“These much-needed funds have been blocked at every turn by Democrats in the Senate, with the backing of the Obama White House,” House Appropriations Chairman Hal Rogers said in a statement. Of course, neither party put forward a plan that was palatable to the other before recess — and this funding fix is short-term.
The POLITICO story: http://politico.pro/2aKWlA5
Total Zika cases: 8,580. That’s the number across the United States and territories, according to a CDC update Thursday. In the four weeks since Congress left town, the number has more than doubled; the CDC reported 4,222 cases as of July 14.
AROUND THE NATION
Troubling health data about LGBT students. Lesbian, gay and bisexual students and students who aren’t sure of their sexual identity are more likely to experience physical and sexual dating violence, new CDC survey data shows.
It’s the first nationally representative data on the health behaviors of lesbian, gay and bisexual students, POLITICO’s Caitlin Emma reports. These students are far more likely to feel “sad or hopeless” than their heterosexual peers — about 24 percent of heterosexual students feel that way, compared to more than 60 percent of lesbian, gay and bisexual students and nearly 47 percent of students who aren’t sure of their sexual identity. Lesbian, gay and bisexual students are also more likely to miss school because they feel unsafe there or on their way to or from school. The data: http://bit.ly/2b9eGdT.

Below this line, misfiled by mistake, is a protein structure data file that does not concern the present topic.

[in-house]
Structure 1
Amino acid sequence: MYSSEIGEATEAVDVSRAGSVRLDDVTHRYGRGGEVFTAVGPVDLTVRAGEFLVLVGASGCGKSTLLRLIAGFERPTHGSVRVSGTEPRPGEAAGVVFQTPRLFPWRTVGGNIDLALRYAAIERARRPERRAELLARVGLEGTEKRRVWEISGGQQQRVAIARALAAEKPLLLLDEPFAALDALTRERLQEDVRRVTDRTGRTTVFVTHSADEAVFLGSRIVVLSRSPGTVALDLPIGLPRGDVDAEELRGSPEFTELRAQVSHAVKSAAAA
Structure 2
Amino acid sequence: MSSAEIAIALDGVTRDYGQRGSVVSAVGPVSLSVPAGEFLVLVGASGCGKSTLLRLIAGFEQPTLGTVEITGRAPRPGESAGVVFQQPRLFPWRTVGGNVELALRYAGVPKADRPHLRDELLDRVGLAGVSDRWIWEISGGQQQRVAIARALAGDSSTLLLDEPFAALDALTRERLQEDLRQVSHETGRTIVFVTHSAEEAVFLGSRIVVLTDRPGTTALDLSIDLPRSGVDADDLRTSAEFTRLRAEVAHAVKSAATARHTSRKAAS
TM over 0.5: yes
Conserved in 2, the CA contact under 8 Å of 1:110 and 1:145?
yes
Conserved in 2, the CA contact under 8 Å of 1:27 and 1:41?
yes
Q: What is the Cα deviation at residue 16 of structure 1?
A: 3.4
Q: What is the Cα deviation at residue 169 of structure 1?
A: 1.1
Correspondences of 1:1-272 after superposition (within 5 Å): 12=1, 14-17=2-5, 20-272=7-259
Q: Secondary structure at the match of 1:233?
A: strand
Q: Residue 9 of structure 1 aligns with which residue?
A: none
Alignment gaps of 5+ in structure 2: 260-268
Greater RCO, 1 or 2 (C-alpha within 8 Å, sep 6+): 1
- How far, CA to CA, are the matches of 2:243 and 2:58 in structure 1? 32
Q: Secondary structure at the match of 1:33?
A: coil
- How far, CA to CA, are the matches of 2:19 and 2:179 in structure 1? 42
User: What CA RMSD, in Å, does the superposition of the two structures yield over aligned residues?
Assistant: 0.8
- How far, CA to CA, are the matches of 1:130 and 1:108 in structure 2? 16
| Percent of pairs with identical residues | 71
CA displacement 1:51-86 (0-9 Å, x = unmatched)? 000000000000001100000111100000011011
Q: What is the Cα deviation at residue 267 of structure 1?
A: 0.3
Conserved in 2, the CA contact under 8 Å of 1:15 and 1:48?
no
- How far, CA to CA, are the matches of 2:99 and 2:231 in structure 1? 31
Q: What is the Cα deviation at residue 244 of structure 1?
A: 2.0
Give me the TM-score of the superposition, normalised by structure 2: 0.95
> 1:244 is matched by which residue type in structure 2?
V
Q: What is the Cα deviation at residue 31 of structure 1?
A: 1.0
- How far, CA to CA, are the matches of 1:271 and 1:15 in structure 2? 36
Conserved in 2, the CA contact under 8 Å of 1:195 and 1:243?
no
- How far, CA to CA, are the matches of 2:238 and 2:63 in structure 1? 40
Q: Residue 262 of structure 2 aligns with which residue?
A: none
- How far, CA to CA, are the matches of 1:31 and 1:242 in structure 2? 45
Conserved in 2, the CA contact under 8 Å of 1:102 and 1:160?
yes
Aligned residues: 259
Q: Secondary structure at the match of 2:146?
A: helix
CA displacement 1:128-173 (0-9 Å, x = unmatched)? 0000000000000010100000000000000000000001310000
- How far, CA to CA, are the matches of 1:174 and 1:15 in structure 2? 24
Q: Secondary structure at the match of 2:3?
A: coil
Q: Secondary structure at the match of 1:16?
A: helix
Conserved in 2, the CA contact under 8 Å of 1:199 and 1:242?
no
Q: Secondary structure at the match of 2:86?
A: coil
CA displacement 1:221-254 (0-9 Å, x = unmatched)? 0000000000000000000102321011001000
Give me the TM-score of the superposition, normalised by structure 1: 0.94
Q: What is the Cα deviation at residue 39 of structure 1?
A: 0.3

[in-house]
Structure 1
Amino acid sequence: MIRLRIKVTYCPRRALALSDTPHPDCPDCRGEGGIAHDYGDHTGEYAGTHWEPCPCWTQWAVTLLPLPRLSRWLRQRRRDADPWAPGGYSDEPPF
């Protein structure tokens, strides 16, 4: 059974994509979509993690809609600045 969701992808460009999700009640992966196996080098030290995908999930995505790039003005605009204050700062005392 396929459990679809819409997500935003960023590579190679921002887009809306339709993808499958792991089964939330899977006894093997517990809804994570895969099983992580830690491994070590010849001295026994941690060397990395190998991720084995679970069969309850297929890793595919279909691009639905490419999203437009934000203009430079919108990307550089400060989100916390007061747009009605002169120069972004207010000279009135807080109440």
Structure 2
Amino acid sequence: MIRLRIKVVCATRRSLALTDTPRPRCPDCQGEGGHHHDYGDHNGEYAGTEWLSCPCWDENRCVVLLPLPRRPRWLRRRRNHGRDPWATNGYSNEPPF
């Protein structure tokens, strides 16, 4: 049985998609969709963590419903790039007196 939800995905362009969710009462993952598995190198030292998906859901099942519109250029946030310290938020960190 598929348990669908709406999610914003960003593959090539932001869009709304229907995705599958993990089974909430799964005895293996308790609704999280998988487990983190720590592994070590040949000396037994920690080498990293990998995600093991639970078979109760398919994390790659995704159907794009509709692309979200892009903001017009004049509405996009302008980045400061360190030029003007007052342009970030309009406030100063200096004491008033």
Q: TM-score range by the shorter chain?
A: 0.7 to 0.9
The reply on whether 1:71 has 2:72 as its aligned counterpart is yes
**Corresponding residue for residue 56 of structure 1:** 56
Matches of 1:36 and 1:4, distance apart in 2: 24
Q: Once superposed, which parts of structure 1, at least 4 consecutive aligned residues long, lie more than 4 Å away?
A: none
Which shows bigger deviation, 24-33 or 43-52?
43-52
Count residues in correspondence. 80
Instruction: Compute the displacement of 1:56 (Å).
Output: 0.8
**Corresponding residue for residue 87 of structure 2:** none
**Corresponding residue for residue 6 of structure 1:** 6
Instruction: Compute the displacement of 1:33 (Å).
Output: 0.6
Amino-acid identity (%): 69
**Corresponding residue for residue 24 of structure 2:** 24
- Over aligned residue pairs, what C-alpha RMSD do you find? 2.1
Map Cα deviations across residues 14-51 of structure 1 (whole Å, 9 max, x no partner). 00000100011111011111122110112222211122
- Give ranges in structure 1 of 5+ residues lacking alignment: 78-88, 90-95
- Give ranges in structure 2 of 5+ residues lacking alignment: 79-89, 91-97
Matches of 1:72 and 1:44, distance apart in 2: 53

— “This data is essential to understanding the lived experiences of youth across the nation and to hold our systems and policies accountable for not supporting and protecting the health of young people of all sexual orientations,” said Chitra Panjabi, president of the Sexuality Information and Education Council of the U.S.
AROUND THE WORLD
Two children diagnosed with polio in Nigeria. It’s the first time in two years — to the day — that wild polio’s been detected on the African continent, and it’s a blow to public health efforts.
“This is not the first time that polio eradication efforts have experienced a setback,” the CDC said in a statement. “It is a reminder that we must redouble efforts to strengthen surveillance and immunization activities.”